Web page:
So, turn your phone off and leave it in a different room. Close the door. Turn the music off. Delete distracting apps. 

Remind yourself that you are not punishing yourself – you’re just focusing on your goals. Then, remember what you truly want in the long-term.

Inspiring Yourself: Warren Buffet Quote

12. Commit 100% to the Deal You’re Making

Remember, nothing comes for free.

When you want something, you have to give something in return – whether it’s time, effort, hard work, or emotional discomfort.

That’s the deal.

Take a moment to recognize and appreciate the deal you’re making. Then commit to it 100%.  Maya Angelou, the activist and poet, once said, “Nothing will work unless you do.”

14. Declutter and Tidy

It’s extremely difficult to motivate yourself if you can’t see your bedroom floor and your desk looks like something has exploded on it.

Have you ever heard the expression, “tidy space, tidy mind”? 

What’s your environment like? Is it tidy, neat, and clean? Or is it messy and cluttered? Work from the outside in and create an environment that helps you to stay motivated.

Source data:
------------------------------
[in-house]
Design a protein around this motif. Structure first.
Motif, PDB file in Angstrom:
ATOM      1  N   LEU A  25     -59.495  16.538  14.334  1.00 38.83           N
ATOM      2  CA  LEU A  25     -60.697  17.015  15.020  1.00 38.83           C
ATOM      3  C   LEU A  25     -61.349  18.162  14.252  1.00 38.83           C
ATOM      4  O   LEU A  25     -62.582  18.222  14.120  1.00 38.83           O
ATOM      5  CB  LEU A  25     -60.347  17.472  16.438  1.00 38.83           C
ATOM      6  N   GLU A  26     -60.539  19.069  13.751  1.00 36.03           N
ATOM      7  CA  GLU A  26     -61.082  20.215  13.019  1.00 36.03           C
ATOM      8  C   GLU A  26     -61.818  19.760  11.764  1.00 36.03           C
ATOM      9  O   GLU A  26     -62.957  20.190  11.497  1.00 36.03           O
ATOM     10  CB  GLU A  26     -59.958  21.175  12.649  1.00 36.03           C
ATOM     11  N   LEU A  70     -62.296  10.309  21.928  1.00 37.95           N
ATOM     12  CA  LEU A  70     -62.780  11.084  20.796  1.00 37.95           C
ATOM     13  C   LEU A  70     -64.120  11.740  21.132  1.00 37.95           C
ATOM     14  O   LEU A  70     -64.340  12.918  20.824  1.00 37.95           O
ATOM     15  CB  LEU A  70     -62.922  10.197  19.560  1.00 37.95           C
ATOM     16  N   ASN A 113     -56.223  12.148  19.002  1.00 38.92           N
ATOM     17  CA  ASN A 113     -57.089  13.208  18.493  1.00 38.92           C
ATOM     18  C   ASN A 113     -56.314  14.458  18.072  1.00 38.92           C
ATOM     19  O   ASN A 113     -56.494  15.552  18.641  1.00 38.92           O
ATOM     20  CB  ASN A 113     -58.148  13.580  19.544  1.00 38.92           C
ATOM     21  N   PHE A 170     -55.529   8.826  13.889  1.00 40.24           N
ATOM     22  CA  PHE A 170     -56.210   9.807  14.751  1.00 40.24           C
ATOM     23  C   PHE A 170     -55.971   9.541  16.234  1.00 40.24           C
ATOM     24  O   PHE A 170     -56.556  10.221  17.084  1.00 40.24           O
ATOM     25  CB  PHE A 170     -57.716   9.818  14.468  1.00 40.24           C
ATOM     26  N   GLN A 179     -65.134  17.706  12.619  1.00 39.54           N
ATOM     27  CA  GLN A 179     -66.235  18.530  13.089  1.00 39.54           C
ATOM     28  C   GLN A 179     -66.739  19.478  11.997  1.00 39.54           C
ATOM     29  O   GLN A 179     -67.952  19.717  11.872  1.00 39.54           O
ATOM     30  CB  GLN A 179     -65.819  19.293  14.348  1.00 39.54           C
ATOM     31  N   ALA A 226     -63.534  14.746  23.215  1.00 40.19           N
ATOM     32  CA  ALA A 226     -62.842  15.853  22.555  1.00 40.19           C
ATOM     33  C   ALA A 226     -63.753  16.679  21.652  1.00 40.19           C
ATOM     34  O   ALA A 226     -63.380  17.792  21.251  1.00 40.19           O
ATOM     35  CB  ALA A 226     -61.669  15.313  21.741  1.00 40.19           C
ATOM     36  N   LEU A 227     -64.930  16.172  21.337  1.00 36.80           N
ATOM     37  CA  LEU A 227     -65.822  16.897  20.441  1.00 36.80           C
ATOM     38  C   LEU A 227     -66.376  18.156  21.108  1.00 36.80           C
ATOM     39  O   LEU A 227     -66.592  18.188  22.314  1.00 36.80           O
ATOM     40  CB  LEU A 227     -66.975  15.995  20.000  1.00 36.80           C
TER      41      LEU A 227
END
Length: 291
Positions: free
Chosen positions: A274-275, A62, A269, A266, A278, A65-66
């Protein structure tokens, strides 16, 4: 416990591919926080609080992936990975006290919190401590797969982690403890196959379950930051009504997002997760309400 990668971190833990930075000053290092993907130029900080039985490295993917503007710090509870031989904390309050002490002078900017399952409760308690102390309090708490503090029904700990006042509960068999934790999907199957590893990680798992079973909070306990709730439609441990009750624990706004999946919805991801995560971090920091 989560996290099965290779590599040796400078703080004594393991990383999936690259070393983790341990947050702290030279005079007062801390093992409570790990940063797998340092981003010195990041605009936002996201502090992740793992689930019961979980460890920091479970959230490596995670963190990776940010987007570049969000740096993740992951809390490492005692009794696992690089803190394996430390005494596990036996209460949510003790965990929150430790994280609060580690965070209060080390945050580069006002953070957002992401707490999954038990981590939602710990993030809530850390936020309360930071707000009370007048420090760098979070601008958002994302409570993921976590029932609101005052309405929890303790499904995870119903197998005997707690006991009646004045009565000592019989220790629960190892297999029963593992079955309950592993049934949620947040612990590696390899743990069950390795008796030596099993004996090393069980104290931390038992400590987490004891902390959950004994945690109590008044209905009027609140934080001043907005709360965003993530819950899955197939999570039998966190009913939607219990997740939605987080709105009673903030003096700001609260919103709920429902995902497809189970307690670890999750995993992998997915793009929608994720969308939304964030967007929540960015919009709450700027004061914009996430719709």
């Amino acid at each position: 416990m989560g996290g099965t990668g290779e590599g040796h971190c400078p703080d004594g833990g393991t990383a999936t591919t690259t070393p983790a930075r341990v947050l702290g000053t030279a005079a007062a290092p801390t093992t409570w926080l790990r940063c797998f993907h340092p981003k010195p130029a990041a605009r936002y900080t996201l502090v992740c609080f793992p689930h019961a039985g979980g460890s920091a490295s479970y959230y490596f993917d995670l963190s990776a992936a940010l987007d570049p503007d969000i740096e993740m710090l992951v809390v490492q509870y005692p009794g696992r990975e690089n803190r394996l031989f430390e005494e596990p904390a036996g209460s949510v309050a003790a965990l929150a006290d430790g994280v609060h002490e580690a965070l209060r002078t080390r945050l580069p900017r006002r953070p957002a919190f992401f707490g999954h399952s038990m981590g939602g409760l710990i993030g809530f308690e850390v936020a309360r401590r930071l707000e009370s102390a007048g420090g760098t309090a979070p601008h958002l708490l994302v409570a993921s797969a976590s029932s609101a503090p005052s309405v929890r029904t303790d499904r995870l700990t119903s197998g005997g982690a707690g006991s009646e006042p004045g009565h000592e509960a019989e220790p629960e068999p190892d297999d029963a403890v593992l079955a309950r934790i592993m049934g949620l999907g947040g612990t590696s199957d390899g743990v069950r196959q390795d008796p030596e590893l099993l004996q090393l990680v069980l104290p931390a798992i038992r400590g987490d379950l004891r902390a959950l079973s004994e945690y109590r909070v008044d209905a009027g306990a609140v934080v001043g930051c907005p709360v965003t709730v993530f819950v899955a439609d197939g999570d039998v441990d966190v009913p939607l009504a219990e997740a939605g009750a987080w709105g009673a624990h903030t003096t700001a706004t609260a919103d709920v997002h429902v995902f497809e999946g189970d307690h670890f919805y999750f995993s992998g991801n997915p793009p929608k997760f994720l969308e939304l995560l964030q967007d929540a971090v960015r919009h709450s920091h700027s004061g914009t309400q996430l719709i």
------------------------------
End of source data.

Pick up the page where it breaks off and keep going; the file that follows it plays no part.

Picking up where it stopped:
15. Change Your Inputs

You know the saying, “you are what you eat.” And we consume a lot every day – food, music, podcasts, TV, social media.

So, if you’re finding it challenging to motivate yourself, mix things up a bit. Listen to motivational podcasts, check out a must-read book, or watch some inspiring videos.

This can help you to freshen up, get energized, and find motivation to get things done.

16. Look to People in Your Life for Motivation

Some people energize us, others we find draining.

The motivational speaker Jim Rohn said, “You are the average of the five people you spend the most time with.”

So, when possible, seek out enthusiastic, motivated people to spend time with. Let yourself get wrapped up in their positive energy, and you may start developing self-motivation, too.

Things that Motivate You: Jim Rohn Quote

17. Ask for Help From Friends and Family

If you’re really struggling to motivate yourself, consider asking a close friend or family member for help. You could ask them to hold you accountable and check up on your progress.

By expressing your goals out loud to someone else, it can help to make them feel more real. Plus, if you know someone will check in on your progress, you may be more likely to follow through.